Wrestling Gamers Are the Lost Children of Gaming
So there is still a lot of hype and speculation swirling around in response to the WWE license moving from THQ and Yukes to Take-Two and 2k Games with still no word from 2k on the acquisition and no real clue how the WWE license will move forward. As someone who has been purchasing wrestling games since my youth — even when I don’t even watch wrestling anymore — I can vouch for the fact that fans of wrestling games will probably always be fans of wrestling games and will always want more. It just is how it is. The N64 saw the much-beloved AKI titles which helped to bring “simulation style” gameplay to the masses in a big, big way.
For me, wrestling gaming became more than just something I did for fun when I discovered Super Fire Pro X Premium for Super Nintendo. The series was still a bit rough around the edges at the time, but was completely engrossing. The fact that I could go in and make my own character and customize it in every which way was just mind-boggling. It was something that really took the wrestling game world and opened it up to a new and amazing future. We saw the Western world delve into the “Create a Wrestler” feature with Acclaim’s WWF Warzone, although the features were bare bones in comparison to Japan’s Fire Pro Wrestling.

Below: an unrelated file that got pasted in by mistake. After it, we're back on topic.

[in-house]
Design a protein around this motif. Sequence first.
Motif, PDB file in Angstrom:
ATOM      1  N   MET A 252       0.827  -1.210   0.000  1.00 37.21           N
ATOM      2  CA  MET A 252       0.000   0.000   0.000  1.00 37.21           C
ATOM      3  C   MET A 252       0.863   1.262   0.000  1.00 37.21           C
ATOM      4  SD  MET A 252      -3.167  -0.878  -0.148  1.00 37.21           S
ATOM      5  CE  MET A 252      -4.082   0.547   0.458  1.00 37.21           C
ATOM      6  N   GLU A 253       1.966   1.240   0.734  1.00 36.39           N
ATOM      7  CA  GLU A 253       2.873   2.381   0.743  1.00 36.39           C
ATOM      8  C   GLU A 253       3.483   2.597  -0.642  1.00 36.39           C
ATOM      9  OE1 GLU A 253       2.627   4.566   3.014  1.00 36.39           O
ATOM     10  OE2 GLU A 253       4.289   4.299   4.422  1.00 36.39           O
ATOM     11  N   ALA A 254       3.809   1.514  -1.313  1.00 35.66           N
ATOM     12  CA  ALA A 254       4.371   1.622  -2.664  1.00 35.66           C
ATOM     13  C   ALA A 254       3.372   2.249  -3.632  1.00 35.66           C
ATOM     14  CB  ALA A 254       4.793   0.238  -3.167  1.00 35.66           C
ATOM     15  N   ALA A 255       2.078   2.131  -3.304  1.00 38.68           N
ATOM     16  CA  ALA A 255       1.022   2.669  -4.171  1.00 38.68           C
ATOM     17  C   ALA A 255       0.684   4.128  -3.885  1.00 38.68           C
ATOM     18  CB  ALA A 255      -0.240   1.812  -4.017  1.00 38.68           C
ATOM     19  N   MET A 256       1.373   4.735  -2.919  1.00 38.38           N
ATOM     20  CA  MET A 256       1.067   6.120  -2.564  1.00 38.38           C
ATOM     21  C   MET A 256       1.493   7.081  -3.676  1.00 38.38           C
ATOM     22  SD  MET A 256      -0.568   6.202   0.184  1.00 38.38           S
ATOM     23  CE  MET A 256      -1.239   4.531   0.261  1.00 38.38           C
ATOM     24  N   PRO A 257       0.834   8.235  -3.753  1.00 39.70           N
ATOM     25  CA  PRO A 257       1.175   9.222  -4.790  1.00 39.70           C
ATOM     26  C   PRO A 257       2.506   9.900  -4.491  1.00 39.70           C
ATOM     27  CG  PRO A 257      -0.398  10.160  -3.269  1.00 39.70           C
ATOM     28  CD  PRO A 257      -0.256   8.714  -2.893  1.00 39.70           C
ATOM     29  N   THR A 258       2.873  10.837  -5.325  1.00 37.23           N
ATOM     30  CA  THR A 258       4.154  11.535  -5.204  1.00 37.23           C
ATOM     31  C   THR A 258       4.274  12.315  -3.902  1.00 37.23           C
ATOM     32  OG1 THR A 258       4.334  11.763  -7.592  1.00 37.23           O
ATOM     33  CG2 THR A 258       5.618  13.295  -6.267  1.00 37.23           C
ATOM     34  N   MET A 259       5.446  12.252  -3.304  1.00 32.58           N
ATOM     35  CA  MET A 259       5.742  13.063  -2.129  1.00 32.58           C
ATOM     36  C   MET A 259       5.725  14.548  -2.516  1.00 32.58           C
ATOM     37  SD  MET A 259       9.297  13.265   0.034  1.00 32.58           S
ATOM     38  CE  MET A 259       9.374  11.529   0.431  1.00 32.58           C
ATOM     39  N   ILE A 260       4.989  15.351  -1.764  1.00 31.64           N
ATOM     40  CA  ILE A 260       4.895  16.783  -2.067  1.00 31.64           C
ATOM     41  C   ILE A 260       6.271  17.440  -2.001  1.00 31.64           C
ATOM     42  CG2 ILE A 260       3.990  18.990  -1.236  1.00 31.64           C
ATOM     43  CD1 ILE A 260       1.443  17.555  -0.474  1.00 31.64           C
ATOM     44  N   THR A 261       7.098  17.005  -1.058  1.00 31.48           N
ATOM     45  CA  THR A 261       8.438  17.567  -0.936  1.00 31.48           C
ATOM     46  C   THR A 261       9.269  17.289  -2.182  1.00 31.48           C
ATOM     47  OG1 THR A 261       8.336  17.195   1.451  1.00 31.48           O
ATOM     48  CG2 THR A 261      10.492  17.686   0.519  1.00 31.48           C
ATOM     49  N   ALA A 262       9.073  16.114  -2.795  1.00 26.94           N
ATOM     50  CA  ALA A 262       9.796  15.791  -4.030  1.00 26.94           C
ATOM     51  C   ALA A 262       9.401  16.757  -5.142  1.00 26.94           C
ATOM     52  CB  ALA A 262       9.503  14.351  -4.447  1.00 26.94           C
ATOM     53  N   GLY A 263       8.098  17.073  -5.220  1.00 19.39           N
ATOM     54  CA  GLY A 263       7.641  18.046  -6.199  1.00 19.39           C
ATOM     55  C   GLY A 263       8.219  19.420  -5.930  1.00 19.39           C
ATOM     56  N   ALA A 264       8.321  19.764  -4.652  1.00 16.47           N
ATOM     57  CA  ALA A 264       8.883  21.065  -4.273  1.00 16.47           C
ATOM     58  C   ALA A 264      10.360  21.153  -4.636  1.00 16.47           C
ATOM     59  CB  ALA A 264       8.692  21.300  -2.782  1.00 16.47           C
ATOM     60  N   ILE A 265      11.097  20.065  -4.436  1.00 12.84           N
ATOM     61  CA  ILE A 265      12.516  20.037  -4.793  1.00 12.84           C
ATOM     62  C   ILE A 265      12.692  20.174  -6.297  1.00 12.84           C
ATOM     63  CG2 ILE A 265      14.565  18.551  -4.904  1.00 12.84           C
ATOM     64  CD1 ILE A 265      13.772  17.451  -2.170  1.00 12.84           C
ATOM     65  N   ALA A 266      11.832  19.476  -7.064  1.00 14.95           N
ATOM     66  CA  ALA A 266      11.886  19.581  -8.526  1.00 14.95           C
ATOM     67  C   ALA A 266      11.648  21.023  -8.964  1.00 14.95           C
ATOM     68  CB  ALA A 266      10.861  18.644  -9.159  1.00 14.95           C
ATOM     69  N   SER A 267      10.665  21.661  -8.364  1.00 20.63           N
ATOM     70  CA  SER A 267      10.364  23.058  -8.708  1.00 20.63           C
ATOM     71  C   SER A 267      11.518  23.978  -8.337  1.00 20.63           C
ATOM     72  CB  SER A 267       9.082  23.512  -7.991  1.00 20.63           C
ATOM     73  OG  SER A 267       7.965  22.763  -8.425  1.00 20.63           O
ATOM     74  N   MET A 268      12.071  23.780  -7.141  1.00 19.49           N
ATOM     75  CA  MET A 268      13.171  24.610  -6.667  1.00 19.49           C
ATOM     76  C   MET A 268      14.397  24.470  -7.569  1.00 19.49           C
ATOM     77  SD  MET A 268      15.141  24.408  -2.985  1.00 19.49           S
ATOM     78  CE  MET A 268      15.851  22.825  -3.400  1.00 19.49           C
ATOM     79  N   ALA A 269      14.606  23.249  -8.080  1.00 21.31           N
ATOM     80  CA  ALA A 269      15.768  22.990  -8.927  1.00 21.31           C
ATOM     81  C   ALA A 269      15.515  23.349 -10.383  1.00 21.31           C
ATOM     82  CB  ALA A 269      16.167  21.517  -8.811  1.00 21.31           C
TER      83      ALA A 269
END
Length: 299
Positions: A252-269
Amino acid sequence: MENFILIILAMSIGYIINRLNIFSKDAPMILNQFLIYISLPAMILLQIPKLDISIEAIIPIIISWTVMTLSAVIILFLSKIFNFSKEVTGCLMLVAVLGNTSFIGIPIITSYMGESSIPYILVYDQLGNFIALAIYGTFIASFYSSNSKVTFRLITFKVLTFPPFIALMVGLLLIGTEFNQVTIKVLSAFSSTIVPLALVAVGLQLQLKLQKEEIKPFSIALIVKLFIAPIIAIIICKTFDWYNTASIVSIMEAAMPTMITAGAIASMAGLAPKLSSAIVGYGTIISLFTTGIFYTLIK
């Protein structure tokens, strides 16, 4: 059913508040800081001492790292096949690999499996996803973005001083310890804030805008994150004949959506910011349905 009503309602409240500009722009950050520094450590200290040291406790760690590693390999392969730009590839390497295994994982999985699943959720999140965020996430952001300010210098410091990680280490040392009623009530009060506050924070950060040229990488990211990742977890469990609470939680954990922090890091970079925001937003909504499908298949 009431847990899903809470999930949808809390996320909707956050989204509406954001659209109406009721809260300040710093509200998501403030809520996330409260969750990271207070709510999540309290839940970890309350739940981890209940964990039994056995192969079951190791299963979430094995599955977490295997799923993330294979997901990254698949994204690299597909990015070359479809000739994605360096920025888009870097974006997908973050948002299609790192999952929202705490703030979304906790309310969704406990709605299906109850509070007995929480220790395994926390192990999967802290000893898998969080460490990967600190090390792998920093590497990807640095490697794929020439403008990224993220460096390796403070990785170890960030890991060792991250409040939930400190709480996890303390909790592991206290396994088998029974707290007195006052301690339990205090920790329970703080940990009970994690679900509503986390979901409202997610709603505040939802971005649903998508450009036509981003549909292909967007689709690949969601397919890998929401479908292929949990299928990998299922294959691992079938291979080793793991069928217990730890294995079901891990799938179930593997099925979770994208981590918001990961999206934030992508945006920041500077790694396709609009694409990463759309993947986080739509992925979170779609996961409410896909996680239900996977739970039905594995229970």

Fans may look at Yukes and THQ’s WWE series and call them modern-day wrestling simulations, but the reality behind that series is that at the time, the Smackdown series (or in Japan the Exciting Pro series) were initially labeled as arcade titles. Based on the Yukes Toukon Retsuden games, Smackdown emphasized gameplay that was a lot faster than fans saw in the AKI games and lacked a lot of the small touches. Over the years there have been many new layers of paint and some duct tape used to tack on new “simulation” features, but at its core it was still closer to an arcade game than a simulation.
So when Owen Good at Kotaku began predicting — and laying out a rather well-thought out argument — that 2k Games could possibly consider moving forward with an arcade game, wrestling gamers started buzzing online. It makes sense, in a way, as 2k mostly handle their own games and it seems unlikely that they’d bring Yukes and their work so-far aboard, even if it made sense. Chances are that a part of WWE’s negotiations for the license involved them not wanting to lose out on their yearly cash cow. How could a team possibly put together a true wrestling simulation in just a matter of months?
If the WWE games are considered simulation, what in the name of god would an arcade title be considered? We’ve seen WWE All Stars, which was fun, but considered an “arcade” game and used a lot of on-screen button prompts. Wrestling gamers want and deserve more, that much is true. We’ve heard Yukes discussing bringing back “AKI-style gameplay” for years now and never properly delivering on it. With 2k at the helm of the WWE license there is a chance that we could see something truly new, but for this year? It looks like it won’t be that promising.